Sometimes words fail me (admittedly not often.) And sometimes, editorial decisions seem to me to be slightly suspect.
Here is a blog I did last week for the Guardian's bike blog which never made it onto the site in time and for this I am (breathes deeply) very sorry. It was about the all-abilities day held at Ae forest on Saturday. Had I known it wouldn't be published in time, I would have run it on Friday. Anyway, with a few ammendments it still reads ok. Plus Phil is a legend and is seriously fast.
'It's not a major undertaking,' says Phil Hall with some northern understatement. 'It's just a few tweaks.' The sentence could be applied to both the way he rides his bike and to his dogged campaign to adapt Forestry Commission mountain bike trails so he can use his £6,000 bike - one of only four in the country - on them. Phil runs Rough Riderz, a mountain bike club for wheelchair users which he started in 2007 after breaking his back in a motor bike accident. On Saturday the club joined up with Ae Forest – part of the 7Stanes mountain biking trails in Scotland – to host an all-abilities day, the first of its kind in the country. The aim is two-fold: to improve facilities for disabled riders thus encouraging more into the sport, and to boost investment from vehicle providers.
'We've been working with the Forestry Commission in Scotland and north England for two years and giving them feedback on trails,' says Phil. 'It doesn't usually take much to adapt them. For example step-offs are dangerous and challenging on a four wheel bike because it's much harder for use to lift the front end up. So on the Amoeba trail at Ae Forest, we've just levelled out the run around area past some obstacles – it doesn't really affect the more hardcore riders and in fact makes it more accessible for more nervous mountain bikers in general.
'The worst thing I could do is go to a nice piece of singletrack and change it. That would upset everyone, including me.'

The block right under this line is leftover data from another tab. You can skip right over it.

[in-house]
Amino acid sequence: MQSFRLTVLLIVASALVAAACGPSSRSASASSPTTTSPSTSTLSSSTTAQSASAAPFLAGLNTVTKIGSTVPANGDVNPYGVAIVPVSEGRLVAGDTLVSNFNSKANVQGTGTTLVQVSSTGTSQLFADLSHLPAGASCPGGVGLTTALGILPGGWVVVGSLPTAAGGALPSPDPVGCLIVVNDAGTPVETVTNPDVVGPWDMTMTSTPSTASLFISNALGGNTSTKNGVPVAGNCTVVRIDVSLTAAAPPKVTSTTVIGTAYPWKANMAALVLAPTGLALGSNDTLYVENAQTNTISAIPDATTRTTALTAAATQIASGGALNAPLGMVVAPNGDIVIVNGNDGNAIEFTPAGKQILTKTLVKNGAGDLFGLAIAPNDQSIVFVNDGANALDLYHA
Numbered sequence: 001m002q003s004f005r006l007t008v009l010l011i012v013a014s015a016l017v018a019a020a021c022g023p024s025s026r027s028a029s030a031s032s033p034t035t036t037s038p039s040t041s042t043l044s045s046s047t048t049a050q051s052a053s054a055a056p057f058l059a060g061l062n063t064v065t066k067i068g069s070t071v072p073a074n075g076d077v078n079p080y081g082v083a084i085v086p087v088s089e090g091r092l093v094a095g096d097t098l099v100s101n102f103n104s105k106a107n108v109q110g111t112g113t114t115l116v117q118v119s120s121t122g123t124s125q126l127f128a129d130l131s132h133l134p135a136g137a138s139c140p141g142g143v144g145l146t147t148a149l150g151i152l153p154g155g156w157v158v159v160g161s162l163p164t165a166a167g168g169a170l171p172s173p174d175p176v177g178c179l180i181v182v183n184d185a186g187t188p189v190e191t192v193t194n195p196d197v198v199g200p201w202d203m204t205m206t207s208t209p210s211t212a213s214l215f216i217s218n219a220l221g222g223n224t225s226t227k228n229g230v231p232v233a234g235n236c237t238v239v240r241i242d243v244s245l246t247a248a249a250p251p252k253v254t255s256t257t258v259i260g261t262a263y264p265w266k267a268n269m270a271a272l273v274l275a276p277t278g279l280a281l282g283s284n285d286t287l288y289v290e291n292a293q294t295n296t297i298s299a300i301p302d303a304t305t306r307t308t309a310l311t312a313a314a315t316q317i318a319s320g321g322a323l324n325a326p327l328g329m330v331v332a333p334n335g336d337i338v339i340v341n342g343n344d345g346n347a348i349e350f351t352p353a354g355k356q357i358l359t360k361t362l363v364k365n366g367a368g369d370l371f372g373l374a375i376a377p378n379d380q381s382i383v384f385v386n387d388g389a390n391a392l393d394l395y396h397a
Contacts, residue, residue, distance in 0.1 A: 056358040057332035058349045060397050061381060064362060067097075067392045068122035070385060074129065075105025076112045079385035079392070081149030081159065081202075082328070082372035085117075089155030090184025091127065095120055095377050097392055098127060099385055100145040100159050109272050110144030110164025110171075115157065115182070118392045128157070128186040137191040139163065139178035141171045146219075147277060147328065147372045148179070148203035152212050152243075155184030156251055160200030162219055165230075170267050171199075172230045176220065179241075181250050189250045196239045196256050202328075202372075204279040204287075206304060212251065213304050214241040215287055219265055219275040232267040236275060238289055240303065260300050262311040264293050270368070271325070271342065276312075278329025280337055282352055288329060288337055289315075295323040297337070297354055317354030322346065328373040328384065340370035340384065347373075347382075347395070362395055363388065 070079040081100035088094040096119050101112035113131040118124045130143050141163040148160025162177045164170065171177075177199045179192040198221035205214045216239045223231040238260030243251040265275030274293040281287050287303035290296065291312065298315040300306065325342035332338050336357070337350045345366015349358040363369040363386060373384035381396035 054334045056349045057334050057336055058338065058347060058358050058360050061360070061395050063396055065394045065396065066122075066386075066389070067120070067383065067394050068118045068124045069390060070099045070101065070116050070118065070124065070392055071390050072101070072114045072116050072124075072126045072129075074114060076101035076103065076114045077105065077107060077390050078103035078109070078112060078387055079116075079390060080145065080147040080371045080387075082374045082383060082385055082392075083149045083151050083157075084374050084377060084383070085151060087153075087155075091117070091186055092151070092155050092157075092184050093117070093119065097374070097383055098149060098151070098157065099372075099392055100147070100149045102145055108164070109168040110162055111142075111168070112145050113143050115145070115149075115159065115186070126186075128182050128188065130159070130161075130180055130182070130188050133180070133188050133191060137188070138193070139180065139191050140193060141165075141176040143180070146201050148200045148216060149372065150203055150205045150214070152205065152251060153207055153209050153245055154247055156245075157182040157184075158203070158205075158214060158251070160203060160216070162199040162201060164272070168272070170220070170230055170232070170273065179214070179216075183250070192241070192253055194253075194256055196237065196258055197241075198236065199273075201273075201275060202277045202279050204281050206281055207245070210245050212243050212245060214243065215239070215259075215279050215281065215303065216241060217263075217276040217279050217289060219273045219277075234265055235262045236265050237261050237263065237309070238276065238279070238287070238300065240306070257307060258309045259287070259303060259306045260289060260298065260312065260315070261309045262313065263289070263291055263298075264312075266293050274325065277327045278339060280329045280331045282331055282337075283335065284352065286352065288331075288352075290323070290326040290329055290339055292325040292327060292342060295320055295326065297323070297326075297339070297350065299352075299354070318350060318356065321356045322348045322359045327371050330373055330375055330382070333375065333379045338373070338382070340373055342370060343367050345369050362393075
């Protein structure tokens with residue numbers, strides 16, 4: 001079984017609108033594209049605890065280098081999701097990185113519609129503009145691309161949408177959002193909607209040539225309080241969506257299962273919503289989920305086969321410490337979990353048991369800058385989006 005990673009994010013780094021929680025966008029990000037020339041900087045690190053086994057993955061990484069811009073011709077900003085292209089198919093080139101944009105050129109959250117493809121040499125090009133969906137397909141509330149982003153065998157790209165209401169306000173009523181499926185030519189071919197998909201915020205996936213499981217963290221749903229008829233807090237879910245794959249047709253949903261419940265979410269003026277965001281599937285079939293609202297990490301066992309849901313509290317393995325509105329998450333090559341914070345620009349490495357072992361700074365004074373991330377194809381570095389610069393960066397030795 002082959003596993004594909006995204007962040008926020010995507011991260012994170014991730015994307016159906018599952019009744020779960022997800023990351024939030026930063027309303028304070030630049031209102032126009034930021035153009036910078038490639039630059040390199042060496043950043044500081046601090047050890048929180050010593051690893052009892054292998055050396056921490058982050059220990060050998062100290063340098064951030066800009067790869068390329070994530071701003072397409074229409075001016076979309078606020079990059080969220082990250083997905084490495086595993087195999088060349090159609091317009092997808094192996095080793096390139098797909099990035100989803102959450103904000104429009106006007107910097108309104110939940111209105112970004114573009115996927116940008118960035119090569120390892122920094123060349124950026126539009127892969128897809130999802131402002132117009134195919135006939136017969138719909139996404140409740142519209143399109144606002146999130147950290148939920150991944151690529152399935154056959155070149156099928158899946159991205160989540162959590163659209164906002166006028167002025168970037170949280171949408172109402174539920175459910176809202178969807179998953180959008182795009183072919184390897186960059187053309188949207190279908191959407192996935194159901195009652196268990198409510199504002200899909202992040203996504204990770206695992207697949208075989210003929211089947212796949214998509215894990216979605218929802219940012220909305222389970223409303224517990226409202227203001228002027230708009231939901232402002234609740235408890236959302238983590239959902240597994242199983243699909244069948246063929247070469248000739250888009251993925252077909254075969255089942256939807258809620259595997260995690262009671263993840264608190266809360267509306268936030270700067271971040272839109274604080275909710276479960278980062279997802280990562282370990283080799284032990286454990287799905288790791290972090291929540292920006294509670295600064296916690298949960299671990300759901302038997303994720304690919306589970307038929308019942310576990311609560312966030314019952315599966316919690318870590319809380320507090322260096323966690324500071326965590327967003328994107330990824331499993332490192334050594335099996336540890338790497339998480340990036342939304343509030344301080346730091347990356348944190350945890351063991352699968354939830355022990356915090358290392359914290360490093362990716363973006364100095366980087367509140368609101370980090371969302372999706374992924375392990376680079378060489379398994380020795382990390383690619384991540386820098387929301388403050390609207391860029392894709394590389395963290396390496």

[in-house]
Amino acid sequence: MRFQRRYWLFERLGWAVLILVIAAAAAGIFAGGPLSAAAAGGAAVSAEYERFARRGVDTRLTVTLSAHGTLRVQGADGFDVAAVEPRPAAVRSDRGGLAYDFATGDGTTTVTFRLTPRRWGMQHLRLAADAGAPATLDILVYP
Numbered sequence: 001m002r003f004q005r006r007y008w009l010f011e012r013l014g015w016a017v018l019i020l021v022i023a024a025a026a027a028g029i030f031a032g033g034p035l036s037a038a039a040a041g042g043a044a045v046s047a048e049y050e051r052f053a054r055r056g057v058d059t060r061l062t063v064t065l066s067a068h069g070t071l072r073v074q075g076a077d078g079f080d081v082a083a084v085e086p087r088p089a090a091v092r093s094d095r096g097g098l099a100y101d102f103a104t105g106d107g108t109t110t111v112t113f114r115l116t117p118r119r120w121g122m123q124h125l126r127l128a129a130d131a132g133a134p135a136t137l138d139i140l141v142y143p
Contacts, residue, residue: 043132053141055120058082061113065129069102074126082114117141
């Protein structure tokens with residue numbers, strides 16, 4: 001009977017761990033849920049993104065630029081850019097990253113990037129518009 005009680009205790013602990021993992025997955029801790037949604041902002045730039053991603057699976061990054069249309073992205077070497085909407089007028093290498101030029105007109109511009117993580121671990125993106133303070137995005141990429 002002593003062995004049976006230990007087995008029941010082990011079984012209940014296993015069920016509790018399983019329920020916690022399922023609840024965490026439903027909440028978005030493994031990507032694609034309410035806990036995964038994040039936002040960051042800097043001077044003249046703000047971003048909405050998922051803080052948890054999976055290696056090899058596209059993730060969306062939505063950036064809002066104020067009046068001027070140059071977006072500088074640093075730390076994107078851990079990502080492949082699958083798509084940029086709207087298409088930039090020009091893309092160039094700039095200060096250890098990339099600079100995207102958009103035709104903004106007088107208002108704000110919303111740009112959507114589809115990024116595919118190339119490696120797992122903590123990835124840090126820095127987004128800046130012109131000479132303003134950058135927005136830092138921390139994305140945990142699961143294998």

Phil rides a four wheel bike custom-made in Canada by company R-One. It has 20 inch BMX wheels on the front and 26 inch mountain bike wheels on the rear with disc brakes and suspension as per a regular mountain bike. In fact the main difference is a lack of pedals. Riders roll onto the track using manual propulsion – from then on in, it's all about gauging speed and maintaining it as much as possible. This is a difficult skill which if you've ever tried to 'no pedal race' your mates on a track you will appreciate. But if skilled, like Phil, you can find yourself hurtling up to 30 miles and hour primarily fon downhill trails rather than more pedally cross-country routes. The major hurdle for most potential riders is the price – at £6,662 you've got to be pretty dedicated to invest.
'I was a motorbike rider before my accident, I love going fast. I went to the USA and tried the sport of four-cross (not to be confused with 4X racing) there. It's so much more established with disabled riders racing with able-bodied riders. There are very few sports that offer this level of adrenalin and danger to wheelchair users.'
Rough Riderz currently has a membership of 120. Phil's plan is raise enough money to purchase another R-One bike which can then be shared among members through a series of taster days.
Colin Williamson, the main behind the all-abilities day at Ae said: 'We got in touch with a range of vehicle providers for people to test their machines on the day, which ranged from hand cycles to rugged mobility scooters. We know Phil's type of bike is quite rare and very expensive but he is a great inspiration for people to get onto our trails and enjoy our forests.
'We hope vehicle providers can get a sense of the potential demand for their vehicles and it's a chance for us to encourage more disabled riders and to find out what they need from the trails. It certainly hasn't taken much to convert the downhill and green cross country route so far.'